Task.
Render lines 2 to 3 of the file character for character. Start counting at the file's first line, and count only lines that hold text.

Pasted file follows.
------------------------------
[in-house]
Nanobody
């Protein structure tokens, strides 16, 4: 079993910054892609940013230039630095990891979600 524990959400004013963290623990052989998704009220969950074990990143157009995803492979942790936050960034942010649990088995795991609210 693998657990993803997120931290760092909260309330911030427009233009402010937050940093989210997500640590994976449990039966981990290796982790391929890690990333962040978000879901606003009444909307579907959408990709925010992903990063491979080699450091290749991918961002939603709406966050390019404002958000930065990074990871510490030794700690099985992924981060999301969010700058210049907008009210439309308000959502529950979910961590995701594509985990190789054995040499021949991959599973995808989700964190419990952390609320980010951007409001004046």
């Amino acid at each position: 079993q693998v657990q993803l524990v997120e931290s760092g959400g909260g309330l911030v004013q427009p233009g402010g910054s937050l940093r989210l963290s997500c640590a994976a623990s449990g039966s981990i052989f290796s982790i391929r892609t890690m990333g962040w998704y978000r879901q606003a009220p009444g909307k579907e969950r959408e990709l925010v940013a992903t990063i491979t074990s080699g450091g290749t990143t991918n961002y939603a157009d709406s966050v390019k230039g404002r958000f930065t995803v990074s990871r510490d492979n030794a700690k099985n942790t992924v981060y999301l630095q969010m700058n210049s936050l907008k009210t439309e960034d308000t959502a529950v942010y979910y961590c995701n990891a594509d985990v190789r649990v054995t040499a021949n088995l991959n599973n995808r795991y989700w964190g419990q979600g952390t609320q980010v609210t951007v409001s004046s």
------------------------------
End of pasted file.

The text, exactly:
Nanobody
């Protein structure tokens, strides 16, 4: 079993910054892609940013230039630095990891979600 524990959400004013963290623990052989998704009220969950074990990143157009995803492979942790936050960034942010649990088995795991609210 693998657990993803997120931290760092909260309330911030427009233009402010937050940093989210997500640590994976449990039966981990290796982790391929890690990333962040978000879901606003009444909307579907959408990709925010992903990063491979080699450091290749991918961002939603709406966050390019404002958000930065990074990871510490030794700690099985992924981060999301969010700058210049907008009210439309308000959502529950979910961590995701594509985990190789054995040499021949991959599973995808989700964190419990952390609320980010951007409001004046």